Wednesday, February 18, 2015
PEDEE — At its simplest, quilting is taking large pieces of fabric, cutting them into small pieces of fabric, and sewing them back into a different large piece of fabric.
“The thing about quilting is a lot of people say they don’t know how to quilt, but then you find out they’re super sewers,” Arlene Kovash said. “Quilting is actually boneheaded sewing.”
It’s a social craft, often giving friends — or strangers — time around a quilt together, each doing his or her part to complete the blanket, she noted. And it used to be a practical craft, too.
When times were tough, scrap pieces of fabric — from clothing items to old bedding — were sewn together to create intricate or simple patterns and to keep warm at the same time.
For anyone interested in the art, Kovash will hold a beginning quilter’s class at the Pedee Women’s Club clubhouse in Pedee on Feb. 25 at 1 p.m. It is the first of a series of classes to be offered on the third Wednesday of the month at the clubhouse.
Bring a sack lunch to eat with other members of the club at noon, and then stay for the class, Kovash said.
She will demonstrate basic quilting skills, from using a rotary cutter to arranging blocks and sewing them.
“All you need to quilt is a needle and thread and fabric. Of course, by the time you get through you could put your kid through medical school with all the supplies you bought,” Kovash said with a laugh.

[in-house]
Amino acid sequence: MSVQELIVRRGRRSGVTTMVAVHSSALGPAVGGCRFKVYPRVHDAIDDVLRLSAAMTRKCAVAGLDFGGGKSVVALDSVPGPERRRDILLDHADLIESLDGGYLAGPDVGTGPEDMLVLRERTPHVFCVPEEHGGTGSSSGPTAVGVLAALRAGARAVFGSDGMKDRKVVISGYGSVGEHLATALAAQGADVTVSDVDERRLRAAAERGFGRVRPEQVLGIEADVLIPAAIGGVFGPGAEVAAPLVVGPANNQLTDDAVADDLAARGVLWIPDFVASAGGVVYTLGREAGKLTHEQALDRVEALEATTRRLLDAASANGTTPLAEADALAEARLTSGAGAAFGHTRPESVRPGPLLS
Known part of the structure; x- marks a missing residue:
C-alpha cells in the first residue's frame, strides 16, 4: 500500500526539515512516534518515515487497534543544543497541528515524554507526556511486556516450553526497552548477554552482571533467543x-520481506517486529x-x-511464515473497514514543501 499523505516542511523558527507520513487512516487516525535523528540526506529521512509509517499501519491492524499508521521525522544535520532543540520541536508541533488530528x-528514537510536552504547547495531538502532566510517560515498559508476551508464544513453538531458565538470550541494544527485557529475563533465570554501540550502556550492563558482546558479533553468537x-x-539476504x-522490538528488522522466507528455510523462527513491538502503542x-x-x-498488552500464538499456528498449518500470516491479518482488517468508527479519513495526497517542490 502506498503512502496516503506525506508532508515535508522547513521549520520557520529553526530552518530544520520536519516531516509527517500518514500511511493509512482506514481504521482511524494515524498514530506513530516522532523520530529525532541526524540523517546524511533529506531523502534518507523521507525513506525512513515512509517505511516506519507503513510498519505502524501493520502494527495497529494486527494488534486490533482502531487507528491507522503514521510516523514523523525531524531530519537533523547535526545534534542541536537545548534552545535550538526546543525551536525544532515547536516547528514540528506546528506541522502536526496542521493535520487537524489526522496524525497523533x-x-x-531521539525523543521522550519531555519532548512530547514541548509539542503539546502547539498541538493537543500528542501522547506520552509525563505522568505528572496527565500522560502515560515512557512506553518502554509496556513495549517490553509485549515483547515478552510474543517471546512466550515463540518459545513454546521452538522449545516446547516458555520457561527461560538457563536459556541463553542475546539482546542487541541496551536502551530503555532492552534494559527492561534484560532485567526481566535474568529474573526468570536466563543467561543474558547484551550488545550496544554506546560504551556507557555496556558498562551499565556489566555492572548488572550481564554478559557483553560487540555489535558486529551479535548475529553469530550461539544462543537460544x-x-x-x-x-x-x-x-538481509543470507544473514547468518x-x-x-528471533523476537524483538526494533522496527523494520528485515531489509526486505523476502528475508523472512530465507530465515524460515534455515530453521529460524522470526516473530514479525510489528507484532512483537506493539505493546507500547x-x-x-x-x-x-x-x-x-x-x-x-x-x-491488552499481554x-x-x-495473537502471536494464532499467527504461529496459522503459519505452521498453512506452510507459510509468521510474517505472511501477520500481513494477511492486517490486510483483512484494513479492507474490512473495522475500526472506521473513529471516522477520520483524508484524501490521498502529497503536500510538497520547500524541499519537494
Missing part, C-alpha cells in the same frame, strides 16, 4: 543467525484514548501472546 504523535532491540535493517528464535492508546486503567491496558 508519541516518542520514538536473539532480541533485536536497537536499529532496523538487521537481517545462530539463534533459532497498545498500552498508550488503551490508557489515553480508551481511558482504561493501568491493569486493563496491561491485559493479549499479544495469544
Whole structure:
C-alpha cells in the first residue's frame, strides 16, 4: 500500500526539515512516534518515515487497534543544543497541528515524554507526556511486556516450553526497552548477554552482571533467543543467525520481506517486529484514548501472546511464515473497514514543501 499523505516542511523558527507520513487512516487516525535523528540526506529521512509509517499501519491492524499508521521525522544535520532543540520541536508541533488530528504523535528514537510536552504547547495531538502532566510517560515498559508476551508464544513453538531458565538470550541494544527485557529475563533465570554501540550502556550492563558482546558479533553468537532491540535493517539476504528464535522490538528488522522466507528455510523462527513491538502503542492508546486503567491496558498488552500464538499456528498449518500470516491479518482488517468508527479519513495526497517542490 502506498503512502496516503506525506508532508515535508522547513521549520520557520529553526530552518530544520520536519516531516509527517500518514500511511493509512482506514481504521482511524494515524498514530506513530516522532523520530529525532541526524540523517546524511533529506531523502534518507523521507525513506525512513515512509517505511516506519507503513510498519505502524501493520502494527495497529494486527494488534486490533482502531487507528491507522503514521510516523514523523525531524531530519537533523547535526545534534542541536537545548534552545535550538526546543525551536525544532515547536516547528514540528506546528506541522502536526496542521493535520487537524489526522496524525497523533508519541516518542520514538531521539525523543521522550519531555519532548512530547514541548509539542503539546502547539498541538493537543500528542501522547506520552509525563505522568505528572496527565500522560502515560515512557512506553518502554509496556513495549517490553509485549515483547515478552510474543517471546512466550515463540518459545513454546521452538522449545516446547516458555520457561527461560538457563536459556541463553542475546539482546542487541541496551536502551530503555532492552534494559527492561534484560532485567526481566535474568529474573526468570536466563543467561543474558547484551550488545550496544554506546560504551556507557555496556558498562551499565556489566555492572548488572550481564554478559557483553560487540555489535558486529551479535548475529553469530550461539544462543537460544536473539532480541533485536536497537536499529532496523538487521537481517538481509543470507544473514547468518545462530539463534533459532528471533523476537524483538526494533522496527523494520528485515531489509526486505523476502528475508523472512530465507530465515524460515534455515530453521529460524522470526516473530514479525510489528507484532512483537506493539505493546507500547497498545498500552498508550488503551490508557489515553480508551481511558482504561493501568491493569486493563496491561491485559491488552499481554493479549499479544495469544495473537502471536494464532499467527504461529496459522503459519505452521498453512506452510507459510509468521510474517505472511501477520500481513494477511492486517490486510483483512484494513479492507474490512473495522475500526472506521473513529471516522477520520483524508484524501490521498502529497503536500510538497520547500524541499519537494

All three will be supplied at the class.
Participants will learn the difference between a one-patch quilt and a nine-patch, Kovash said. Future quilting classes will teach how to layer and assemble the fabric with batting and how to stitch them together.
With endless patterns available, from the terribly organized to the completely chaotic, quilting allows for freedom in design.
“There are ways of sewing things together,” said Pam Burkhalter, a member of the women’s club. “You can sew each piece together, or you can sew a block, and then you cut that block to make other blocks.”
Members of the Pedee Women’s Club make 24 quilts a year — 12 go to veterans who need them, and 12 are donated to the Court Appointed Special Advocates program to help comfort children going through the court system.
“We are always looking for volunteers to do quilting,” said Burkhalter, noting the club is down to three active quilters.
For more information: Arlene Kovash, 503-838-3512; email to email@example.com.